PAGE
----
Avoid Late Mortgage Payments

Late mortgage payments are a serious threat to the stability of your living situation. While most mortgage lenders will provide a brief grace period to allow you to correct the error, being 30 days or more past your mortgage deadline on even a single payment can lead to severe repercussions. These range from an immediate drop in your credit score for a briefly late payment to threats of foreclosure in response to a lengthy delay.

Credit Problems

The three credit bureaus collect reporting information from each of your lenders. In most cases, a lender will report a payment as late after 30 days. Your mortgage contract will determine the exact process for when a payment is officially late, including when late fees can be charged. Even a payment just a few days late may lead to penalties. The longer you wait to pay, the more severe the penalty grows on your credit score. A payment that is 60 days late results in a greater drop in your score, and a payment 90 days late or more can reduce your score by dozens of points. This can lead to difficulty getting other types of loans, such as auto loans or student loans.

Rate Increases

When your credit score drops, any adjustable rate loans you currently have may go up in cost. This will be reflected nearly immediately in a home equity line of credit, if you have one, since this credit line is attached to the home. If you happen to have an adjustable rate mortgage, a number of late payments on this mortgage can falsely inflate the interest on your home. A lender will typically adjust rates only once or twice a year. However, a borrower who is missing payments may find rate increases coming at shorter intervals, making the mortgage more expensive by the month.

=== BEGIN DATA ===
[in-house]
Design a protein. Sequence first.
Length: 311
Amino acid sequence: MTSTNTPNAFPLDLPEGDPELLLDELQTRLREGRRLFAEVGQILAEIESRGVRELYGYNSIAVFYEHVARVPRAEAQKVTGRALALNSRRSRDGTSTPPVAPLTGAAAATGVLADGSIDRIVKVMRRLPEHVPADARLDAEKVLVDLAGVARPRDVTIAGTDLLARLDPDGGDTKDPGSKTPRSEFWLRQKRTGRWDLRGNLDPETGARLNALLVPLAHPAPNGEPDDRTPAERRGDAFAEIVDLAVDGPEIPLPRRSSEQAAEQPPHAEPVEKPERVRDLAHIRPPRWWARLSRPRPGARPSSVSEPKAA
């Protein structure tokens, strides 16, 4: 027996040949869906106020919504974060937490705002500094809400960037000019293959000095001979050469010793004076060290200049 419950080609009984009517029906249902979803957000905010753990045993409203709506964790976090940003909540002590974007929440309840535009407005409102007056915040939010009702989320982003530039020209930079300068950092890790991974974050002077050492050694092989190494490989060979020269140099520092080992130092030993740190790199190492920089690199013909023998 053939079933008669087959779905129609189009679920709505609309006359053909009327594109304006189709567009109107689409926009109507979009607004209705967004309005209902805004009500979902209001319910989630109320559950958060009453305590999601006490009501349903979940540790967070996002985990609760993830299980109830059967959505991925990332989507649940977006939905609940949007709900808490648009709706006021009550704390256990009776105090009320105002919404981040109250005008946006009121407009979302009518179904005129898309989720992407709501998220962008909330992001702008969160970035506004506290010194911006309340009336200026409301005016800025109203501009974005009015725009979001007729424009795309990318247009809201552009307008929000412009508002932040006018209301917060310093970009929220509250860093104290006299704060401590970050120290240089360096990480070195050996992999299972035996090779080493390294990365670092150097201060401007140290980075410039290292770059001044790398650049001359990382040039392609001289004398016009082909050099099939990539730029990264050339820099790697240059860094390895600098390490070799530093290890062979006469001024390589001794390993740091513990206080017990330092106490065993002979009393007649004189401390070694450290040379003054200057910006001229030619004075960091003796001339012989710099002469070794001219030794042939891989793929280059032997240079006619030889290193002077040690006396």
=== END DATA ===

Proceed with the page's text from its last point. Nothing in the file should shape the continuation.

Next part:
Mortgage Delinquency

In situations where the effects of a missed payment are not immediately resolved, they can lead to a delinquency. Delinquency is explicitly defined in your mortgage contract, but it typically refers to several missed payments in a row. In this case, the lender will take action to immediately resolve the situation. This can include legal action against you. Instead of ignoring the problem, you should be proactive in working out a solution to bring your loan current. Contrary to what many borrowers think, lenders do not want your loan to fail. They will typically be willing to work out a plan with you in order to bring the delinquency current.

Mortgage Foreclosure

If you cannot find a way to resolve your delinquent mortgage sufficiently, the mortgage company will eventually move your loan into foreclosure. This process is also outlined in your mortgage contract, and it can occur only if the conditions described in your contract are present. Typically, foreclosure occurs after six or more months of delinquent payments without attempt to respond by the borrower. Once a foreclosure process starts, it is hard to stop. The end result of foreclosure is the loss of your property along with any equity you had in the property.